The recent increase in recommended vitamin D intake from the Food and Nutrition Board may prompt some to seek more summer sun. But, experts at The University of Texas MD Anderson Cancer Center say there's no safe amount of time people can stay in the sun without increasing skin cancer risks.
People tend to think of sunshine when they think of vitamin D — and for good reason. When UV rays come in contact with the skin, it triggers the creation of vitamin D.
"Some people may absorb enough vitamin D from their routine outdoor exposure," says Susan Y. Chon, M.D., assistant professor in MD Anderson's Department of Dermatology. "However, the benefits of UV exposure may be limited because they can lead to increased risks of developing skin cancer."
On a hot summer day, unprotected skin can be damaged in as little as 15 minutes.
So, why is vitamin D so important? It's the main building block for maintaining bone health. Without it, you can develop thin and brittle bones. Vitamin D also boosts the immune system to help fight off germs, bacteria and diseases, including certain cancers.
To avoid skin cancer, Chon recommends getting the daily fill of vitamin D from foods and, if necessary, supplements.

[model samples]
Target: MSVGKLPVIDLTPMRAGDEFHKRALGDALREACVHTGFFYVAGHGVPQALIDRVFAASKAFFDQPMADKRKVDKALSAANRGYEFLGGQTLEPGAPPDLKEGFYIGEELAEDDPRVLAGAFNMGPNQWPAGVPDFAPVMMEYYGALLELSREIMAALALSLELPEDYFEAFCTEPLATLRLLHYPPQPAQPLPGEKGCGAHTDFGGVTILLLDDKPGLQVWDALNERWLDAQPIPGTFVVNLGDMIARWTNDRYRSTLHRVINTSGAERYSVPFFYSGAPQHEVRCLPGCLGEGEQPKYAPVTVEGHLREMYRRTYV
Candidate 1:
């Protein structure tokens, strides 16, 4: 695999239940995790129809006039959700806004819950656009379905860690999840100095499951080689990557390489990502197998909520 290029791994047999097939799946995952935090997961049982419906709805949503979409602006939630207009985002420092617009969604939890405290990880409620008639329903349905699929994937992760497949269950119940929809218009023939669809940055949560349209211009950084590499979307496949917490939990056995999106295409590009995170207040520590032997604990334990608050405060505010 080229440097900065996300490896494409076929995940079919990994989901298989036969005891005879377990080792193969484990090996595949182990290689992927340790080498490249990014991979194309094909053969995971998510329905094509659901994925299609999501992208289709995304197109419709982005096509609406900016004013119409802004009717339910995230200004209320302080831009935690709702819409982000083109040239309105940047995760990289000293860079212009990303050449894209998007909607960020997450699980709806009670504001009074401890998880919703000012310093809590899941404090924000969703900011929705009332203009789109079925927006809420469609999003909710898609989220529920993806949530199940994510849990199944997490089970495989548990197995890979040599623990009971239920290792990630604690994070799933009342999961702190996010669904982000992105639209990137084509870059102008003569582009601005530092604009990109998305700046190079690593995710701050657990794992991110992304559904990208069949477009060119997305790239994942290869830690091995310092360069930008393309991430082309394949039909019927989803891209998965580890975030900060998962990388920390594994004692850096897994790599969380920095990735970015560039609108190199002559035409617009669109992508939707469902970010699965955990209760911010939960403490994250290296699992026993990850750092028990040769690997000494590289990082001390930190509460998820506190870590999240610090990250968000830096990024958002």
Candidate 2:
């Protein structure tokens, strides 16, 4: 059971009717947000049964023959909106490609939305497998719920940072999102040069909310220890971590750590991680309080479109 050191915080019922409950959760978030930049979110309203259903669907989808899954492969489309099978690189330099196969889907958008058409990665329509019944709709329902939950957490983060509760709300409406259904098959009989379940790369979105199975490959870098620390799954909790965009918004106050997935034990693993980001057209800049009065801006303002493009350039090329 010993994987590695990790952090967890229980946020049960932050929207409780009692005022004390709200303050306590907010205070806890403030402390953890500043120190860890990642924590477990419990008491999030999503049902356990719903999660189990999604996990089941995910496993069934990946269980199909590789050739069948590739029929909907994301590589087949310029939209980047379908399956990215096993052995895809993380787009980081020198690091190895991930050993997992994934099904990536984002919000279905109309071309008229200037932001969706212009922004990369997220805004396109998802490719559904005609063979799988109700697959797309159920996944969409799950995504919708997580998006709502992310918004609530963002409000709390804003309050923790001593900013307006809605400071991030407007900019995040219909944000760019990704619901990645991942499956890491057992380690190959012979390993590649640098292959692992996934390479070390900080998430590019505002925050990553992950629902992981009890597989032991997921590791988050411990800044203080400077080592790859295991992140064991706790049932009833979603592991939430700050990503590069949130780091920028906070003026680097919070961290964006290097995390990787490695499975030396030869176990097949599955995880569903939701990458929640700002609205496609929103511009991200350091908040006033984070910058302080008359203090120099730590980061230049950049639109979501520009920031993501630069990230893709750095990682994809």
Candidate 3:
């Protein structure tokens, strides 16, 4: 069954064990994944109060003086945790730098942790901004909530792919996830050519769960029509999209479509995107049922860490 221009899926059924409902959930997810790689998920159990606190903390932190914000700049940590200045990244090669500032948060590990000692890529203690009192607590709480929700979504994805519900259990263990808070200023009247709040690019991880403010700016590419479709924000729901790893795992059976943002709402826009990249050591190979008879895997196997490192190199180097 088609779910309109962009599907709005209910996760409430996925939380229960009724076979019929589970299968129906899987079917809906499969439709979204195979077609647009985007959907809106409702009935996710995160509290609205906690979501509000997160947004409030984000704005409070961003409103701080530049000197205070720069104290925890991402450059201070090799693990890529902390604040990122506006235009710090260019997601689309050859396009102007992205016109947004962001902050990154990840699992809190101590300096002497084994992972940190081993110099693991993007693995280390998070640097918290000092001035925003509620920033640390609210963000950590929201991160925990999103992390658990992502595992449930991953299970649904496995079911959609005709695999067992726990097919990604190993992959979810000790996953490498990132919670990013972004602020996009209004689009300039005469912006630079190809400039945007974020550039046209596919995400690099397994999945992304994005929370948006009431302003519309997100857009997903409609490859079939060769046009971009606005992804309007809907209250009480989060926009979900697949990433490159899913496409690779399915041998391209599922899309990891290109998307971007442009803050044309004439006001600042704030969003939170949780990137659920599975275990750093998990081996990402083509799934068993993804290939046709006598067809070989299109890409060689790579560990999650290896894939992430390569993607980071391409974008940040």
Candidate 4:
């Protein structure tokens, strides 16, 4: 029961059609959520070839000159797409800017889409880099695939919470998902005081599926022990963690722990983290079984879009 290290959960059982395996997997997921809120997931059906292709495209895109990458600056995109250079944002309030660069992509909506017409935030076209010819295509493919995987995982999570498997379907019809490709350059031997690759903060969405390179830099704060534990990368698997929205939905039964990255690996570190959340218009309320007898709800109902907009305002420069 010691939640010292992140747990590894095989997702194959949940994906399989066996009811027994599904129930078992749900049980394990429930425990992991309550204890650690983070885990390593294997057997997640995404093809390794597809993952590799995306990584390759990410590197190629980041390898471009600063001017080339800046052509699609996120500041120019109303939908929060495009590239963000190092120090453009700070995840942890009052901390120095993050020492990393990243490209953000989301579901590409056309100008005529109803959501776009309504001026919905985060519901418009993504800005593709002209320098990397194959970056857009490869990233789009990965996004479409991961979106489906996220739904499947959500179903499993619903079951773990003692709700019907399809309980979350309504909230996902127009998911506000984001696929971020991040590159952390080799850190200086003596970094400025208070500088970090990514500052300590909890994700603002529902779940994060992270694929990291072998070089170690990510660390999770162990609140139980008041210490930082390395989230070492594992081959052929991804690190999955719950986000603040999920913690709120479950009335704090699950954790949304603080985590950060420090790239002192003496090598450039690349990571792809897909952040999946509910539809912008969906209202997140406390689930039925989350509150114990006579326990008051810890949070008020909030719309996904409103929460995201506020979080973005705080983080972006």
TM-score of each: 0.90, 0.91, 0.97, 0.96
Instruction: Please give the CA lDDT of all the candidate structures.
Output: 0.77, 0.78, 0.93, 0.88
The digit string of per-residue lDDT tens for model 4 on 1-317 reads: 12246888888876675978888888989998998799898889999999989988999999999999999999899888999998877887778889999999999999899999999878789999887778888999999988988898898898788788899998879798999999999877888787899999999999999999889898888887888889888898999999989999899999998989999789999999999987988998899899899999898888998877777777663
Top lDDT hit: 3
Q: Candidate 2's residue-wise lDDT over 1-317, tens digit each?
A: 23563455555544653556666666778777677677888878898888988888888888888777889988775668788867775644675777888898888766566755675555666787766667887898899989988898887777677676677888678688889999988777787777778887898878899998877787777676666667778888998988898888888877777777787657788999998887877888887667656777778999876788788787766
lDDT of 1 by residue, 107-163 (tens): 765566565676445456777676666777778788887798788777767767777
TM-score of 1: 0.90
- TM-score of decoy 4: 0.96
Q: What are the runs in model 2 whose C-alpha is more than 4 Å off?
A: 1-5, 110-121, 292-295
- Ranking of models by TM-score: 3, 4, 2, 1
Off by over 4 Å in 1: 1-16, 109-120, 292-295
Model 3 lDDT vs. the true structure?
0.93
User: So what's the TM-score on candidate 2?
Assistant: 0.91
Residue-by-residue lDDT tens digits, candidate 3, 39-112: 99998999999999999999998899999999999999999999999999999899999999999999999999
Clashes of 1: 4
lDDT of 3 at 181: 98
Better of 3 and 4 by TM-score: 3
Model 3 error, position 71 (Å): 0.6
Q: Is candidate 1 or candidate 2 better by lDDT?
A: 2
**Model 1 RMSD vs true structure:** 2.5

A handful of foods provide a large serving of this vitamin, including:
- Cod liver oil: According to the National Institutes of Health, this fish extract provides the largest amount of vitamin D - just one tablespoon offers 1,360 IUs (International Units).
- Fish: One serving (about three ounces) of certain types of fish also can give you a healthy dose of vitamin D. This includes:
- Salmon: Provides 447 IUs per serving
- Mackerel: Provides 388 IUs per serving
- Tuna: Provides 154 IUs per serving
- Milk: Milk really does a body good. Just one cup of whole, reduced fat or non-fat milk is fortified with vitamin D and provides 115 - 124 IUs.
- Fortified cereals: Ready-to-eat cereals, fortified with 10 percent of the daily recommendation for vitamin D, are an easy way sneak in extra nutrients. A three-quarter to one cup serving can provide at least 40 IUs.
Vitamin D needs aren't one-size-fits-all
The amount of vitamin D the body needs depends mostly on age. Below are the daily recommended allowances from the Food and Nutrition Board.
- Birth to 12 months: 400 IUs
- Age 1 to 70: 600 IUs
- Age 70 and older: 800 IUs
Most people can get their daily fill of vitamin D by drinking a cup of milk and eating a three-ounce serving of salmon.
"There's no doubt that vitamin D is vital when it comes to healthy bones and preventing diseases like cancer," Chon says. "But, there's no need to sacrifice sun safety (like skipping sunscreen or spending countless hours soaking in the rays) to get your fill."
The University of Texas MD Anderson Cancer Center